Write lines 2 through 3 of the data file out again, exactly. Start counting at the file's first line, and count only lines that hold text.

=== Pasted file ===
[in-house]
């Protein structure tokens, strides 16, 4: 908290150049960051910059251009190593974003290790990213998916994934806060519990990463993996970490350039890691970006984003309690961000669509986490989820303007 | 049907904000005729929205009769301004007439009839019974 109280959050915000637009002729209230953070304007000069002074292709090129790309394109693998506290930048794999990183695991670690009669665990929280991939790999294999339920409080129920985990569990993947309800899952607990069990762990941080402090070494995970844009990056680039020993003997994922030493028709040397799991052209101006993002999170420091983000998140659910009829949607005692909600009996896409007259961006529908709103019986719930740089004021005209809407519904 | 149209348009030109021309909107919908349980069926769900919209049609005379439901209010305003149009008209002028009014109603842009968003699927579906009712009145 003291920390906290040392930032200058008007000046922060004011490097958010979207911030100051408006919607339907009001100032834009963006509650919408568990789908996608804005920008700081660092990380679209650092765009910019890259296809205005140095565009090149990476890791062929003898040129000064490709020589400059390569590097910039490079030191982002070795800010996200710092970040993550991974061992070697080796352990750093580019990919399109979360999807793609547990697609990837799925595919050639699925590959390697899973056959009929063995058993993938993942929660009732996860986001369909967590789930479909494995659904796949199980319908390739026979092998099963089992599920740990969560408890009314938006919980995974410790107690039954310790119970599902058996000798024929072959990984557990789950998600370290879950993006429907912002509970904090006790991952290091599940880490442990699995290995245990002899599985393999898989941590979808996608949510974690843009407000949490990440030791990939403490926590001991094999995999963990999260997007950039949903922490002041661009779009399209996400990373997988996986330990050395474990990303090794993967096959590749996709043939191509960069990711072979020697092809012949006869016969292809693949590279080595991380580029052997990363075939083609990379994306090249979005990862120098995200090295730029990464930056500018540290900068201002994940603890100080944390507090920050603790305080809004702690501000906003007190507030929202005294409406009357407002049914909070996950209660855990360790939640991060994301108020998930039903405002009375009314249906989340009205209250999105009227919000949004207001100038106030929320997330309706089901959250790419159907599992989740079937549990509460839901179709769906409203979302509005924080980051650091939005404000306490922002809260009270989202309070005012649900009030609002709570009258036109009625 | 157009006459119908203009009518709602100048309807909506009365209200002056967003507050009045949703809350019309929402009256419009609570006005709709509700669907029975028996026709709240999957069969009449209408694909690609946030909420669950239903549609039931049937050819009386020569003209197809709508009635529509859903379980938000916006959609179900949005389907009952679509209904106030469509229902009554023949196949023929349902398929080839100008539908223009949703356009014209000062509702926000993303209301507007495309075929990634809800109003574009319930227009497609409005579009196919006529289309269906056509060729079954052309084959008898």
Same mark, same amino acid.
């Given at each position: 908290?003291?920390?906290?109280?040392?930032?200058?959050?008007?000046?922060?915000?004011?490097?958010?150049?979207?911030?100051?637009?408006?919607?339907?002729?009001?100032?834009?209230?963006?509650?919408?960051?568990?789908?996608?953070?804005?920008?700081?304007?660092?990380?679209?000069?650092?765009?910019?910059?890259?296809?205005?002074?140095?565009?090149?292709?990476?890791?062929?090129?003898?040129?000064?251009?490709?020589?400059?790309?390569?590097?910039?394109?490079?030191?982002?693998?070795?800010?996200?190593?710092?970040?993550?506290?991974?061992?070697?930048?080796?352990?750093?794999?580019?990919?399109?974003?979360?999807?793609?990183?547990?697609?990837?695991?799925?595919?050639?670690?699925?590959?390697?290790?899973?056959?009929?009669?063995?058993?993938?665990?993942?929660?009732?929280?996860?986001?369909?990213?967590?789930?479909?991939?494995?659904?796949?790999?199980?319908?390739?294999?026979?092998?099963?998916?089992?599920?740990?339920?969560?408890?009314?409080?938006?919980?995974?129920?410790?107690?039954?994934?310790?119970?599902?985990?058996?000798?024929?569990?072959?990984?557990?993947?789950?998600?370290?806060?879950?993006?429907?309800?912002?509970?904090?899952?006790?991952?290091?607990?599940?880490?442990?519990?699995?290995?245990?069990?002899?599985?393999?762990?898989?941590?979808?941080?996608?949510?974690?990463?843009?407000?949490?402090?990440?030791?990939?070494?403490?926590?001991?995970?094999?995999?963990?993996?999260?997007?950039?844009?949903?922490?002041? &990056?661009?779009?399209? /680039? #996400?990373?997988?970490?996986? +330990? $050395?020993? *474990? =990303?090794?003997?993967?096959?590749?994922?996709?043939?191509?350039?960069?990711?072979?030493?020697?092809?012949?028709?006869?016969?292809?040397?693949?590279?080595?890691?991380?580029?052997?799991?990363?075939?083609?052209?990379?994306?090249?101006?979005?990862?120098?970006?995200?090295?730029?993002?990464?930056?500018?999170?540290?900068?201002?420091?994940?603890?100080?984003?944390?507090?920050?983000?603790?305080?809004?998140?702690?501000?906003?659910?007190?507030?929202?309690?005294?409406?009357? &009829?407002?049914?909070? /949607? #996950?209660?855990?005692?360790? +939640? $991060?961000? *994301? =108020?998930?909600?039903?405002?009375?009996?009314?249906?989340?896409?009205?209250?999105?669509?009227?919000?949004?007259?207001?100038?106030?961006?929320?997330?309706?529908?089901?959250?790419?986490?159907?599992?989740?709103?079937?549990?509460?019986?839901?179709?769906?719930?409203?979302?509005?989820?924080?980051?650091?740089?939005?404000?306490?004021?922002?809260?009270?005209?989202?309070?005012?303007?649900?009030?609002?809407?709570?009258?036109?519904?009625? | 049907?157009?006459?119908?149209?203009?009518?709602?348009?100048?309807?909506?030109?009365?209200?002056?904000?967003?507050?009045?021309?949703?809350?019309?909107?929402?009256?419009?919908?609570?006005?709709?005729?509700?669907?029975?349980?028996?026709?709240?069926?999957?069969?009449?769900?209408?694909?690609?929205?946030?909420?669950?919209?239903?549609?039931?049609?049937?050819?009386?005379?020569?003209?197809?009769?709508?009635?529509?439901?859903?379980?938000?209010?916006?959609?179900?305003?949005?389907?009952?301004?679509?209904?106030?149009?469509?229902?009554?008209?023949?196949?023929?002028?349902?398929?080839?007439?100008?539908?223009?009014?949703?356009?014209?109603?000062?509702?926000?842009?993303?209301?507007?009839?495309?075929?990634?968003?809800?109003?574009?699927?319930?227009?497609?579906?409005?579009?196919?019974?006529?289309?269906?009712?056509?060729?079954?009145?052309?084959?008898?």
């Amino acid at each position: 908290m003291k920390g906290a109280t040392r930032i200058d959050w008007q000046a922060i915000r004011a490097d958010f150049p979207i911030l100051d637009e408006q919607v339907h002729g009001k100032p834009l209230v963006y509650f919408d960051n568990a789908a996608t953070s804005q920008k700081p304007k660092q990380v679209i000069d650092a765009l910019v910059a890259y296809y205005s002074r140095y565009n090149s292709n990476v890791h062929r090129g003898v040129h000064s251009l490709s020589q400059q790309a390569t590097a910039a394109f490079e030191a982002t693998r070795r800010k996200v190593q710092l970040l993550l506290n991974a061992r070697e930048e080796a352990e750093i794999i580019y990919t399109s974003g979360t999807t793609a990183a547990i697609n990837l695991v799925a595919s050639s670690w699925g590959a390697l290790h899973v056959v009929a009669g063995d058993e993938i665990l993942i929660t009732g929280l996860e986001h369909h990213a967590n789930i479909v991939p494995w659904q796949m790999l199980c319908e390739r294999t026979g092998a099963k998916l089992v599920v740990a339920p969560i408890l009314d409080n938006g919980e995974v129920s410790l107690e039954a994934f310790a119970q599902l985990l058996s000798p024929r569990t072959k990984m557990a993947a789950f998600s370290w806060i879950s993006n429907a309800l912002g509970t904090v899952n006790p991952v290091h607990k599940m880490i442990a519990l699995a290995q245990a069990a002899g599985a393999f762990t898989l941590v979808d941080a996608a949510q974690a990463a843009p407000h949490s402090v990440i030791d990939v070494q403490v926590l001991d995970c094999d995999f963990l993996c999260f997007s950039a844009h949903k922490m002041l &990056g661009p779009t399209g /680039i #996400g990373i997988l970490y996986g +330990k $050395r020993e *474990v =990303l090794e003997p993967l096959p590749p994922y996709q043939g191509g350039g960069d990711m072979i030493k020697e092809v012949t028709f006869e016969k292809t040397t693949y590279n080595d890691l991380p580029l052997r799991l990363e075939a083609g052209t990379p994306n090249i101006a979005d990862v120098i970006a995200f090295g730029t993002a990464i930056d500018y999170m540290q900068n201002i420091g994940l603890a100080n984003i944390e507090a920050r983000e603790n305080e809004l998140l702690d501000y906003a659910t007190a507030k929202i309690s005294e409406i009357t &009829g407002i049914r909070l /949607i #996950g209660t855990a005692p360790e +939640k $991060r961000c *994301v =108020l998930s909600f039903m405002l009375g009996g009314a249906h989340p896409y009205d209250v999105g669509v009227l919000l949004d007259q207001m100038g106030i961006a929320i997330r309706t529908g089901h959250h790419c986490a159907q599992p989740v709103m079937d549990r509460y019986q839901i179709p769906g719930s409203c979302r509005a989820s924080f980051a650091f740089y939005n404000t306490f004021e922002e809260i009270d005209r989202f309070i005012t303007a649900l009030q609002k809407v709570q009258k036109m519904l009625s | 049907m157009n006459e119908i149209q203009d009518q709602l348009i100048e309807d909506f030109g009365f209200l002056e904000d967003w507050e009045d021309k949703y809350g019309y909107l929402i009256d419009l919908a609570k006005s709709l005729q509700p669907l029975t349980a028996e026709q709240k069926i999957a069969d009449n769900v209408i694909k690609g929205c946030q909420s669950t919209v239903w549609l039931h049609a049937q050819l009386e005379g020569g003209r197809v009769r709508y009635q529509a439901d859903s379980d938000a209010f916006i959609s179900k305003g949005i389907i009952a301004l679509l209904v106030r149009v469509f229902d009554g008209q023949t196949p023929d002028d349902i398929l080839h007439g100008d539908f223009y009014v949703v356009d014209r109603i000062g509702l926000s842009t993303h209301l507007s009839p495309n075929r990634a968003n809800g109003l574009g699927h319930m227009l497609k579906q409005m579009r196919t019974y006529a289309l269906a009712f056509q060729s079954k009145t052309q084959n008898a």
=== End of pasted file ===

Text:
């Protein structure tokens, strides 16, 4: 908290150049960051910059251009190593974003290790990213998916994934806060519990990463993996970490350039890691970006984003309690961000669509986490989820303007 | 049907904000005729929205009769301004007439009839019974 109280959050915000637009002729209230953070304007000069002074292709090129790309394109693998506290930048794999990183695991670690009669665990929280991939790999294999339920409080129920985990569990993947309800899952607990069990762990941080402090070494995970844009990056680039020993003997994922030493028709040397799991052209101006993002999170420091983000998140659910009829949607005692909600009996896409007259961006529908709103019986719930740089004021005209809407519904 | 149209348009030109021309909107919908349980069926769900919209049609005379439901209010305003149009008209002028009014109603842009968003699927579906009712009145 003291920390906290040392930032200058008007000046922060004011490097958010979207911030100051408006919607339907009001100032834009963006509650919408568990789908996608804005920008700081660092990380679209650092765009910019890259296809205005140095565009090149990476890791062929003898040129000064490709020589400059390569590097910039490079030191982002070795800010996200710092970040993550991974061992070697080796352990750093580019990919399109979360999807793609547990697609990837799925595919050639699925590959390697899973056959009929063995058993993938993942929660009732996860986001369909967590789930479909494995659904796949199980319908390739026979092998099963089992599920740990969560408890009314938006919980995974410790107690039954310790119970599902058996000798024929072959990984557990789950998600370290879950993006429907912002509970904090006790991952290091599940880490442990699995290995245990002899599985393999898989941590979808996608949510974690843009407000949490990440030791990939403490926590001991094999995999963990999260997007950039949903922490002041661009779009399209996400990373997988996986330990050395474990990303090794993967096959590749996709043939191509960069990711072979020697092809012949006869016969292809693949590279080595991380580029052997990363075939083609990379994306090249979005990862120098995200090295730029990464930056500018540290900068201002994940603890100080944390507090920050603790305080809004702690501000906003007190507030929202005294409406009357407002049914909070996950209660855990360790939640991060994301108020998930039903405002009375009314249906989340009205209250999105009227919000949004207001100038106030929320997330309706089901959250790419159907599992989740079937549990509460839901179709769906409203979302509005924080980051650091939005404000306490922002809260009270989202309070005012649900009030609002709570009258036109009625 | 157009006459119908203009009518709602100048309807909506009365209200002056967003507050009045949703809350019309929402009256419009609570006005709709509700669907029975028996026709709240999957069969009449209408694909690609946030909420669950239903549609039931049937050819009386020569003209197809709508009635529509859903379980938000916006959609179900949005389907009952679509209904106030469509229902009554023949196949023929349902398929080839100008539908223009949703356009014209000062509702926000993303209301507007495309075929990634809800109003574009319930227009497609409005579009196919006529289309269906056509060729079954052309084959008898």
Same mark, same amino acid.